Liesl Shurtliff does more than spin words into gold—she gets us rooting for Rumpelstiltskin, a most magical feat.
—Kirby Larson, Newbery Honor-winning author of HATTIE BIG SKY
Lighthearted and inventive, RUMP amusingly expands a classic tale.
—Brandon Mull, #1 New York Times bestselling author of FABLEHAVEN
As good as gold.
— Kirkus, starred review
Spring 2013 Kids’ Indie Next List title (ages 9-12)
What inspired you to write this story?
My strong affinity for potty humor. Okay, not entirely. I’ve always been fascinated by fairy-tales and their ability to span generations and cultures. Also, they’re so quirky and bizarre! The tale of Rumpelstiltskin particularly fascinates me because although he is the title character, we know next to nothing about him. Where does he come from? How did he get his name? Why’s it so important? How did he learn to spin straw to gold and why on earth does he want a baby? So I set out to write a story from his point of view and answer these questions. I went the extra mile and decided I wanted Rumpelstiltskin to be not only understood, but also loveable. I found the center and voice of his story when I shortened his name to the bare minimum. How can you not love a runty fellow called Rump?
What was your publication process like, from initial idea to sale?
It took about 9 months to write and revise RUMP before I queried agents. I secured an agent within a month. We revised together for about a month and we had an offer about a month after submission. So from idea to sale was about a year.
I realize this all seems very smooth and quick. Part of this was simply luck, but I feel it necessary to add that I worked for several years prior to this, studying the craft, writing other books and stories, and learning about the publishing industry in general. This was all part of my process and I feel it has helped me immensely in my publication journey. That said, I also realize that I was lucky to find the right people for my work at the right time. There is and element of luck, magic, karma, forces-beyond-this-world. I love magic! (So long as I have some.)
What books have shaped you as a reader and writer, from childhood to the present?
As a child I loved The Boxcar Children, Sideways Stories from Wayside School, Wait Till Helen Comes, and anything by Shel Silverstein or Roald Dahl, particularly Matilda. Gail Carson Levine and Shannon Hale have also influenced my writing, and I wish they had been writing when I was growing up.
Today I read all over the place. I never stick to one genre, and I think it’s important for writers to read widely, but I always love a mixture of serious and silly and I think that’s evident in my own writing style.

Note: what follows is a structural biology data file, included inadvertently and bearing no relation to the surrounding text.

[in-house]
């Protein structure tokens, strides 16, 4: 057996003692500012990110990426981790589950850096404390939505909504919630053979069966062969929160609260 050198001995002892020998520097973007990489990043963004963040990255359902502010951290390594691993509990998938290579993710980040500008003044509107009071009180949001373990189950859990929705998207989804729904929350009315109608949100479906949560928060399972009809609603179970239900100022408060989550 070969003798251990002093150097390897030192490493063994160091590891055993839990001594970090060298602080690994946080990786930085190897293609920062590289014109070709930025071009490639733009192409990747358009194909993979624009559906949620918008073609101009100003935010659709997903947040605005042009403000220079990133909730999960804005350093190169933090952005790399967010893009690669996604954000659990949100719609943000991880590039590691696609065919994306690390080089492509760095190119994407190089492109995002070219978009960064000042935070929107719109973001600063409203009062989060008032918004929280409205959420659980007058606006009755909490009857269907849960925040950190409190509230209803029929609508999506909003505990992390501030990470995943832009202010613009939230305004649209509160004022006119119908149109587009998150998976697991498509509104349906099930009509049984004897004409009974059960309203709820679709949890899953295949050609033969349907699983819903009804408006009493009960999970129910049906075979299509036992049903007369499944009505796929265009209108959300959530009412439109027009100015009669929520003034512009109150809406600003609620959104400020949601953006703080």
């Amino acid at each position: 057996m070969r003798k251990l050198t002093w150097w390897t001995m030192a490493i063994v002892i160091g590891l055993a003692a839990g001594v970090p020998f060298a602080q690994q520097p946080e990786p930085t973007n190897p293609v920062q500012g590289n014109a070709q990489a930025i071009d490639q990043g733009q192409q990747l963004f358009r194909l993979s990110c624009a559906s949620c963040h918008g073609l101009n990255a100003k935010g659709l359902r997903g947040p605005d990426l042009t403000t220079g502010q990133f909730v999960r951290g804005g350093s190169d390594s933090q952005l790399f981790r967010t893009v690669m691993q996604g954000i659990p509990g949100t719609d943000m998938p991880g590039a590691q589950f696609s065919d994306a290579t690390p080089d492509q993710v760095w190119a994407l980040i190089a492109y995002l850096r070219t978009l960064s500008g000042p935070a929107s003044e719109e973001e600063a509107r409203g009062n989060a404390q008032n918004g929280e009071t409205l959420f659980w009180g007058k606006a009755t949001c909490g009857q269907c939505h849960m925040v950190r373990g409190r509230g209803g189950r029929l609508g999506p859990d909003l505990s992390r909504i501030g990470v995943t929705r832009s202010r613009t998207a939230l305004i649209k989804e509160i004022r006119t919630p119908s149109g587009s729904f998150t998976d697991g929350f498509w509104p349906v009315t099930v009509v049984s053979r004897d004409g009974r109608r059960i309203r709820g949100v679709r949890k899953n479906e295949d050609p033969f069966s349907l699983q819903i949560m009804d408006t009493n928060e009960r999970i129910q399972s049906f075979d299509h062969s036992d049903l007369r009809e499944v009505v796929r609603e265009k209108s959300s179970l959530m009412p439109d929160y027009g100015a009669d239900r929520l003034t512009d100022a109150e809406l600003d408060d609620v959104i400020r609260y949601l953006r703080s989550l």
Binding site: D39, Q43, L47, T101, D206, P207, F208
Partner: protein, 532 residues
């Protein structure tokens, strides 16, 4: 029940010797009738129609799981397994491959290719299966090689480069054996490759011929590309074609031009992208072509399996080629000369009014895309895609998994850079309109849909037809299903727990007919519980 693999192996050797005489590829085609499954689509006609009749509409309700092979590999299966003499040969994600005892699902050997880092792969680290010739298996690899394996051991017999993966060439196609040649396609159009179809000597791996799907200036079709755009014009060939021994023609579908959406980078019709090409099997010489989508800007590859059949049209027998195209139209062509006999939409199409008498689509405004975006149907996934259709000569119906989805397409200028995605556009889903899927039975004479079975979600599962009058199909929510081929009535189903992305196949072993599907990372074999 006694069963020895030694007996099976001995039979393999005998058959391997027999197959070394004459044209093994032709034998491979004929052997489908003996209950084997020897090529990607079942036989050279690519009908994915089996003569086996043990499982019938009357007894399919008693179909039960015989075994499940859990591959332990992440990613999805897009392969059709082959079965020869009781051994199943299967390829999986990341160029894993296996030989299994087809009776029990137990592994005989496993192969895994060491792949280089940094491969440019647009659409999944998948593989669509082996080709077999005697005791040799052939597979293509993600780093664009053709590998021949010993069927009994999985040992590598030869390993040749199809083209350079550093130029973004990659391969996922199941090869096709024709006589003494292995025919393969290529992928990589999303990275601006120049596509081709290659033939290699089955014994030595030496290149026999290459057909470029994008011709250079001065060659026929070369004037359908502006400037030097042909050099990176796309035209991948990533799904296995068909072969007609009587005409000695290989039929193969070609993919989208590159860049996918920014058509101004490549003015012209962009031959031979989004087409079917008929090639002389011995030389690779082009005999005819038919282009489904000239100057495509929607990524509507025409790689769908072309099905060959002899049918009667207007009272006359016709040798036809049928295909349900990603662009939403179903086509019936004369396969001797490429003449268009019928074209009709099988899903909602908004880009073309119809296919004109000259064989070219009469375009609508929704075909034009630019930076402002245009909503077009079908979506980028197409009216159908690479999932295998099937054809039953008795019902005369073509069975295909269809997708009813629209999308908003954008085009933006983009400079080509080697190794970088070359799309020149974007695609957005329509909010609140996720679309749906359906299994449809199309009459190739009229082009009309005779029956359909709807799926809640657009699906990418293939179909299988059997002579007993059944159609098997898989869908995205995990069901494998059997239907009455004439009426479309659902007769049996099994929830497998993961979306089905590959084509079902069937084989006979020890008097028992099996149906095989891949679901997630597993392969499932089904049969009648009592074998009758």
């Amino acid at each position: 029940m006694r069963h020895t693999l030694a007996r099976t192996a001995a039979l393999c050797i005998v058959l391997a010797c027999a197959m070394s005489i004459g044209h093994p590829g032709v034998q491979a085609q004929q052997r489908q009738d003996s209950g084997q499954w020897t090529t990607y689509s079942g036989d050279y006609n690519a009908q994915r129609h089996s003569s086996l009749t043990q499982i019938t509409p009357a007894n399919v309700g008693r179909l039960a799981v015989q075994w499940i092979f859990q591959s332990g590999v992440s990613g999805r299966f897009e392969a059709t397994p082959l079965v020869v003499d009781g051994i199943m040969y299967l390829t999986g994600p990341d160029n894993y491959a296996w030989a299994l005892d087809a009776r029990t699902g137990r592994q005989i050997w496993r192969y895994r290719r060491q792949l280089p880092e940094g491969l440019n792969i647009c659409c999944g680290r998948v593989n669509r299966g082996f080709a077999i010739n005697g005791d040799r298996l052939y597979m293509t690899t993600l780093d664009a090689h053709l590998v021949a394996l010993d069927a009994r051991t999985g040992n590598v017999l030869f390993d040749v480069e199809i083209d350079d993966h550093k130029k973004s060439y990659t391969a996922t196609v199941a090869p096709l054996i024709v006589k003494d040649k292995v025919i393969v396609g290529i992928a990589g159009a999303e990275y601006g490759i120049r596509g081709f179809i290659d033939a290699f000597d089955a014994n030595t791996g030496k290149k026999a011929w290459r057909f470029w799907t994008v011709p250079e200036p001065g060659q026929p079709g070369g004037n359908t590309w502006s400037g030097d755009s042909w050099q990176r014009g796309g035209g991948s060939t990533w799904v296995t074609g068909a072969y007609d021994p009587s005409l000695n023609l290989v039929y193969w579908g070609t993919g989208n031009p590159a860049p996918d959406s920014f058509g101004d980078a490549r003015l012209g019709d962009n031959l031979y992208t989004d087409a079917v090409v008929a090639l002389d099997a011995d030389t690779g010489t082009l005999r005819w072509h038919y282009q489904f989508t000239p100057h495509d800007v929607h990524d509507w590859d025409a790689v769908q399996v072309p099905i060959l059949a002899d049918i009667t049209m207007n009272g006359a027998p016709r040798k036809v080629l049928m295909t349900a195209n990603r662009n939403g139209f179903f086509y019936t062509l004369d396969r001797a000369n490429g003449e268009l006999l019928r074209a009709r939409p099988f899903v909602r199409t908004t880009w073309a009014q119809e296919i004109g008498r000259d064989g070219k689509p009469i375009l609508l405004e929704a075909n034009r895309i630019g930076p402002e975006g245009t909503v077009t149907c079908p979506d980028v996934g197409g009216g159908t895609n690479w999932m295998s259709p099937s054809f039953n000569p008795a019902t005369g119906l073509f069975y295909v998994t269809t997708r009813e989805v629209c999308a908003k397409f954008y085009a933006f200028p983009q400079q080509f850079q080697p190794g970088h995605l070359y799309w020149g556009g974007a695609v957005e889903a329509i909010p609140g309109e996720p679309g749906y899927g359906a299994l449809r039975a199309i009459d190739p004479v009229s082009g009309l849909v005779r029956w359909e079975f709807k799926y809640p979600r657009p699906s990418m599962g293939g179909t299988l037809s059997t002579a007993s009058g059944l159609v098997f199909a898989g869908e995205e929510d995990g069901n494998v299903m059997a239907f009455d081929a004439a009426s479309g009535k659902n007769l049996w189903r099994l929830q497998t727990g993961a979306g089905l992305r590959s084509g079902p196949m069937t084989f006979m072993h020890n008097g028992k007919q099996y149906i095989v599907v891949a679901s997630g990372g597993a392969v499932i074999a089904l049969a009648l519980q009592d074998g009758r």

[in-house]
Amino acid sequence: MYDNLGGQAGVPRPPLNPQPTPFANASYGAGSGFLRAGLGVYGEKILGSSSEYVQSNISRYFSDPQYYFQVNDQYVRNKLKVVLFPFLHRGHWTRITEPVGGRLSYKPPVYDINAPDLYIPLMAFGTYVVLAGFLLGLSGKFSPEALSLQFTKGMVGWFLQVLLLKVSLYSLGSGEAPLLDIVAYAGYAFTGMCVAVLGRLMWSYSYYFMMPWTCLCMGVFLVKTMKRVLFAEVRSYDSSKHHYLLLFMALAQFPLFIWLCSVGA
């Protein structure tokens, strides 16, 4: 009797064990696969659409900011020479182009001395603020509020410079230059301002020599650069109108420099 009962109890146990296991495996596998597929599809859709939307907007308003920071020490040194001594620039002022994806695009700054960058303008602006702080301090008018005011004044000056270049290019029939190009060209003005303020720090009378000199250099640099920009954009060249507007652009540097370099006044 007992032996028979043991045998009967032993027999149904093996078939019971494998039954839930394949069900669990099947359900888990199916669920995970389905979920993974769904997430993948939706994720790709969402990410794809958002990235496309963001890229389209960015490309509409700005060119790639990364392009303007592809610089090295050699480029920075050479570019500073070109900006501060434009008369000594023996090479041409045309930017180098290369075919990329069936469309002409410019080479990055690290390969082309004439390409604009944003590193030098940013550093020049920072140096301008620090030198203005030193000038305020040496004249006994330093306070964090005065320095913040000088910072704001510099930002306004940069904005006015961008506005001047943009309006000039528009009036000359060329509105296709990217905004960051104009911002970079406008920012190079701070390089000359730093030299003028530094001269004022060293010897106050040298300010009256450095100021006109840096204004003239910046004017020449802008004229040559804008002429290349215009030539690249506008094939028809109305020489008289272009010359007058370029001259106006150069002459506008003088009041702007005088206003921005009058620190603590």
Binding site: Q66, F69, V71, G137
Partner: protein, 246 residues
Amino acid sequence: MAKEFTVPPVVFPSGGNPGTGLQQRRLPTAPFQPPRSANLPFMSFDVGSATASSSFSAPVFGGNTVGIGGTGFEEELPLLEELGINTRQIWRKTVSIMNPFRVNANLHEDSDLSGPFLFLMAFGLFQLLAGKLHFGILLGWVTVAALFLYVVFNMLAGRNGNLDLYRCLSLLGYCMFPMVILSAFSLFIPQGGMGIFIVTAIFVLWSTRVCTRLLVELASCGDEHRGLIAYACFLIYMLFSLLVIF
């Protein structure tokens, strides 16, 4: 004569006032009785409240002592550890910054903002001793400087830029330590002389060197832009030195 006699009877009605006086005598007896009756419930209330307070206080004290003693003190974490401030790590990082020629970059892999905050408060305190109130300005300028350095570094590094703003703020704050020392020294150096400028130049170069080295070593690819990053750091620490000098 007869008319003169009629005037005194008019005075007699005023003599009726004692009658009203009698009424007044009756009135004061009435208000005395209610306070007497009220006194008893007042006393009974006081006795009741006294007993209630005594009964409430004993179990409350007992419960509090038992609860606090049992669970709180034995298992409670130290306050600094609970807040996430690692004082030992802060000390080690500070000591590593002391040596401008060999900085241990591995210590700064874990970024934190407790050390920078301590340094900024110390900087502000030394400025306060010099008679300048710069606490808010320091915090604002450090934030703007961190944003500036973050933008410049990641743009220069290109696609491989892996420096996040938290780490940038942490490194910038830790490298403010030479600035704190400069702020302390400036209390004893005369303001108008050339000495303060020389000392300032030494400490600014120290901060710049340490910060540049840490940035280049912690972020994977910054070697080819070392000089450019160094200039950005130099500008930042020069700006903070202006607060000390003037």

What is one thing people misunderstand about fairy tales?
That fairy-tales are somehow irrelevant because they are not realistic reflections of our life experience. Fantasy and the fairy-tale are purely escapism, a way to ignore reality and it’s inconvenient laws of nature. “Life is not a fairy-tale,” people often say, but I couldn’t disagree more. I think what they mean to say is, “Life is not a Disney animation film.” Despite my love for Disney and the joy they bring to my life, they have butchered the integrity of fairy-tales for generations.
The real fairy tales, the ones collected by the Brothers Grimm, Perrault, Andersen and others, are generally brutal and often tragic. Take a look at the original tales of The Little Mermaid, Cinderella, or various origins of Little Red Riding Hood. They are not pretty, friends. Tragic love, cannibalism, and pecked out eyes. Some of them don’t even end well, and a few of them do not live happily ever after. They don’t even live. Why then do we say that life is not a fairy-tale as though we have somehow been duped? Consider the following statement made by a man who actually collected and penned some of the most famous fairy-tales.
“Life itself is the most wonderful fairytale.”
-Hans Christian Andersen
Was this man delusional? I don’t think so. He didn’t mean that life is all butterflies and fairy dust and happily ever afters. There’s a sprinkling of that in real life. Of course there is great joy in this life, but many will suffer betrayal, heartache, and tragedy, and children are no exception. Fairy-tales, I believe, are great metaphors for real life. It’s beautiful, but it’s also ugly. It’s happy, but it’s also sad. It’s sweet, but it’s also bitter.
It is all wonderful.
So I implore you, whenever someone says “Life is not a Fairytale,” you should yell “YES, IT IS, YOU IDIOT!”
What makes your book a perfect fit for the classroom?
RUMP can be used in several ways in the classroom. In a fairytale unit you can compare and contrast different versions of famous fairytales, discuss where they come from, how they’ve informed our society, and how the tales have changed over time. Compare the Grimm’s version of Rumpelstiltskin with Rump. Rump is also a useful book in discussions on point-of-view, self-image, and friendship.